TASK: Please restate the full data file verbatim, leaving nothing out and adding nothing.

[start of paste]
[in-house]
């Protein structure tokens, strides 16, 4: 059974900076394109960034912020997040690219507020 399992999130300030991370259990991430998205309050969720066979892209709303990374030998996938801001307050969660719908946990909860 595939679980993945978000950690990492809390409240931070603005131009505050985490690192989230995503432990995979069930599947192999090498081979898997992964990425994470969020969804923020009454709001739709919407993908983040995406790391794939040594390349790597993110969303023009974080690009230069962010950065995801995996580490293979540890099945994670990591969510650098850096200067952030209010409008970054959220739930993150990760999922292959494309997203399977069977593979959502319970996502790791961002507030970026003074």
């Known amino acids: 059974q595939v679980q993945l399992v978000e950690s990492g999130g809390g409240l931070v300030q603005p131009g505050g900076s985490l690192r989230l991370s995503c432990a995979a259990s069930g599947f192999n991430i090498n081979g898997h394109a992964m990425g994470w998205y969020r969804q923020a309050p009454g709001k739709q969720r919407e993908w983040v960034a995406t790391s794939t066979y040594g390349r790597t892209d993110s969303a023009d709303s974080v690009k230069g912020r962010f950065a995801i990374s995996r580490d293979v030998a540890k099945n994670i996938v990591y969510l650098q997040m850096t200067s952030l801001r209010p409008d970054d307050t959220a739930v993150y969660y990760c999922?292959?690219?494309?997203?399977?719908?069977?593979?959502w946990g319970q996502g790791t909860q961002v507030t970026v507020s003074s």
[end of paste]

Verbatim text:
[in-house]
């Protein structure tokens, strides 16, 4: 059974900076394109960034912020997040690219507020 399992999130300030991370259990991430998205309050969720066979892209709303990374030998996938801001307050969660719908946990909860 595939679980993945978000950690990492809390409240931070603005131009505050985490690192989230995503432990995979069930599947192999090498081979898997992964990425994470969020969804923020009454709001739709919407993908983040995406790391794939040594390349790597993110969303023009974080690009230069962010950065995801995996580490293979540890099945994670990591969510650098850096200067952030209010409008970054959220739930993150990760999922292959494309997203399977069977593979959502319970996502790791961002507030970026003074």
């Known amino acids: 059974q595939v679980q993945l399992v978000e950690s990492g999130g809390g409240l931070v300030q603005p131009g505050g900076s985490l690192r989230l991370s995503c432990a995979a259990s069930g599947f192999n991430i090498n081979g898997h394109a992964m990425g994470w998205y969020r969804q923020a309050p009454g709001k739709q969720r919407e993908w983040v960034a995406t790391s794939t066979y040594g390349r790597t892209d993110s969303a023009d709303s974080v690009k230069g912020r962010f950065a995801i990374s995996r580490d293979v030998a540890k099945n994670i996938v990591y969510l650098q997040m850096t200067s952030l801001r209010p409008d970054d307050t959220a739930v993150y969660y990760c999922?292959?690219?494309?997203?399977?719908?069977?593979?959502w946990g319970q996502g790791t909860q961002v507030t970026v507020s003074s």